Krafla Power Station
|Krafla Power Station|
Krafla Power Station
|Geothermal power station|
|Max. well depth||2,222 m (7,290 ft)|
|Units operational||2 x 30 MW|
|Make and model||Mitsubishi Heavy Industries|
|Nameplate capacity||60 MW|
|Commons||Related media on Commons|
The Krafla geothermal power plant is a geothermal power generating facility located in Iceland, close to the Krafla Volcano and the lake Mývatn. With 33 boreholes, it is considered to be Iceland's largest power station and it is able to produce 500 GWh of electricity annually, with an installed capacity of 60 megawatts.
The construction work started in 1974, but due to volcanic activities in the area, building was slowed. The Krafla power station was officially launched in the early 1977, but was only able to produce at its full 60-megawatt capacity after a second steam turbine was installed in 1996.
Geothermal power station details
The Krafla geothermal power plant consists of two 30-megawatt units, with double pressure inlet and dual-flow turbines with 5 steps on each side. It takes its energy from 17 high-pressure production wells with 110 kg/second of 7.7 bar and, due to new technologies, 5 low-pressure production wells with 36 kg/s of 2.2 bar.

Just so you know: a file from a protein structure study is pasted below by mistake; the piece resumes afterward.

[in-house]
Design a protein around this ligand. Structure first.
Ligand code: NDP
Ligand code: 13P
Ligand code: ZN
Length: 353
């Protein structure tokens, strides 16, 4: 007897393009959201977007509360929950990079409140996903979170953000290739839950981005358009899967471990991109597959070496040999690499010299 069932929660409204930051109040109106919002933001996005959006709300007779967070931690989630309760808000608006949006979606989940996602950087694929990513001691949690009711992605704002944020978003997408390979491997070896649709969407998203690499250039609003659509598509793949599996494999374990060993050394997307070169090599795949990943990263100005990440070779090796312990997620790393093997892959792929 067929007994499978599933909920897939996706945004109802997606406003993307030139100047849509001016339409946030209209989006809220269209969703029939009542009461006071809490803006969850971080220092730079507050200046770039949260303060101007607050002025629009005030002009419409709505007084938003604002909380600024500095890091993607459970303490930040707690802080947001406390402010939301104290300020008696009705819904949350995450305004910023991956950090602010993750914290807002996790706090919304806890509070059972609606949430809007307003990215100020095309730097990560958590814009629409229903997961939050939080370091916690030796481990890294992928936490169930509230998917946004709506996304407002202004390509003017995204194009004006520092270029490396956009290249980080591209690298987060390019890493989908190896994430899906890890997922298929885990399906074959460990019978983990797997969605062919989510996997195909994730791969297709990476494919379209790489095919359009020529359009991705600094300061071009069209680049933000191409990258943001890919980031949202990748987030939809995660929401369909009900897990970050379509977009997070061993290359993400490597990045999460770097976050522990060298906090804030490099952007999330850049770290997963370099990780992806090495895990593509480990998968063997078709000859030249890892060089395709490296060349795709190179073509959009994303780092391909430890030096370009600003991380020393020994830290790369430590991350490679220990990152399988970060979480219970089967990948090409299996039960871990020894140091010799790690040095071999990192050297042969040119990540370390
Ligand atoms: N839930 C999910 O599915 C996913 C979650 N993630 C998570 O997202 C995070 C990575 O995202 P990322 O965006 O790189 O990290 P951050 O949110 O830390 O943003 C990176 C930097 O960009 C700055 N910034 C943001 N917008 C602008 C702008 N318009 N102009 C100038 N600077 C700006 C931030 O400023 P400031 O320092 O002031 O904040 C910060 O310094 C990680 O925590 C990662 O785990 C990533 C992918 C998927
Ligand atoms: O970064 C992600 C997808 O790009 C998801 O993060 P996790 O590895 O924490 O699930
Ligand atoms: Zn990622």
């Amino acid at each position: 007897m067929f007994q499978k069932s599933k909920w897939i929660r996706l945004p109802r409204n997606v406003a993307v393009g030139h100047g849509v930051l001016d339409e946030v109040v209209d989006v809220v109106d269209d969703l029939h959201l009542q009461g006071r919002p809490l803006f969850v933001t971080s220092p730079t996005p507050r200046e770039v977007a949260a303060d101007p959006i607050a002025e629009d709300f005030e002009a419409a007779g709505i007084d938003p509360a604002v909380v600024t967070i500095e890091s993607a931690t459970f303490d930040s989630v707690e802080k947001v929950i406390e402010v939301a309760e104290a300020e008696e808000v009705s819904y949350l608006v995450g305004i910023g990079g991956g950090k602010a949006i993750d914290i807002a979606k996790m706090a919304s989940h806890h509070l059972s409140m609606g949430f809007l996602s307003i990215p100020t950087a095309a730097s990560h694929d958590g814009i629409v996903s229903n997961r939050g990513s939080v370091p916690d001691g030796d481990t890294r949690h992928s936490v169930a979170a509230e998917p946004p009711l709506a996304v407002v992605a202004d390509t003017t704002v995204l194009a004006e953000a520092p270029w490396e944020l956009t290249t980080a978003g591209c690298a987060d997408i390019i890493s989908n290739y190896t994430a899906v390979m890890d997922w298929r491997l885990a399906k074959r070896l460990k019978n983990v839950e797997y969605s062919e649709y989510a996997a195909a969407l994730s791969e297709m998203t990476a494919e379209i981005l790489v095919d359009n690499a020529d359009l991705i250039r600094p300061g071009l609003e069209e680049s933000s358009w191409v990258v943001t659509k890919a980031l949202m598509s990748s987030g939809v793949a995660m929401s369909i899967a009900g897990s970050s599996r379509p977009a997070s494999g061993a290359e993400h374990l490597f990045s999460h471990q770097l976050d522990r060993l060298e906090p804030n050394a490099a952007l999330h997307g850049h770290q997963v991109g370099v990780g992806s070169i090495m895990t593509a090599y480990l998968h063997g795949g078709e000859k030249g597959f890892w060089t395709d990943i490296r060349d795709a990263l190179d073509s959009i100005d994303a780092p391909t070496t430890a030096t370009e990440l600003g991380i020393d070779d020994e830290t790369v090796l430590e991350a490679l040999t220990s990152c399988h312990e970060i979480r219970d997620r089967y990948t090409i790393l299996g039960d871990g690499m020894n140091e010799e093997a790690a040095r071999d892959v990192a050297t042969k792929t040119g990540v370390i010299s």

The other seven wells are not in use. The turbines consume 52.5 and 17.8 kg/s of high- and low-pressure steam each. If the inlet pressure and the mass flow were raised, the output of each turbine could be increased to 35 megawatts.
One of the additional wells (IDDP-1), which was drilled in the Krafla geothermal reservoir in 1999, is known for being the world's hottest geothermal well, since its borehole reaches magma at its lowest point, with a temperature of 430 °C. The right to use the well is owned by Mannvit.
The construction work of the Krafla geothermal power plant started in 1974, with trial boreholes, after a contract over two planned units was signed.
After the drilling started, seismic and volcanic activities in the area threatened the building of the power station, like the major volcanic eruptions less than 2 km from the power station away, introducing the possibility that it would never start operating at all. Nevertheless, it was finished in early 1977 and was launched in 1978, though the power plant did not work to its full potential until the seismic and volcanic activities strongly declined in 1984 and further boreholes were drilled.
In 1996 even more boreholes were drilled and a second turbine was installed, but Krafla was only able to operate at 60 megawattn in 1999, after the renovations were finished, which mainly consisted of renewing the steam gathering system in order to meet the standards for the double pressure inlet to the turbines and the control and safety system in general.
The two companies which were in charge of the engineering of the Krafla geothermal power station since very early in its developing process were Mannvit and Verkís.
- Geothermal power in Iceland
- List of largest power stations in the world
- Renewable energy in Iceland
Media related to Krafla power plant at Wikimedia Commons
- Krafla Power Station (Mannvit Engineering website)
- on YouTube – Krafla volcano, crater lake and geothermal power station (duration: 1m29s)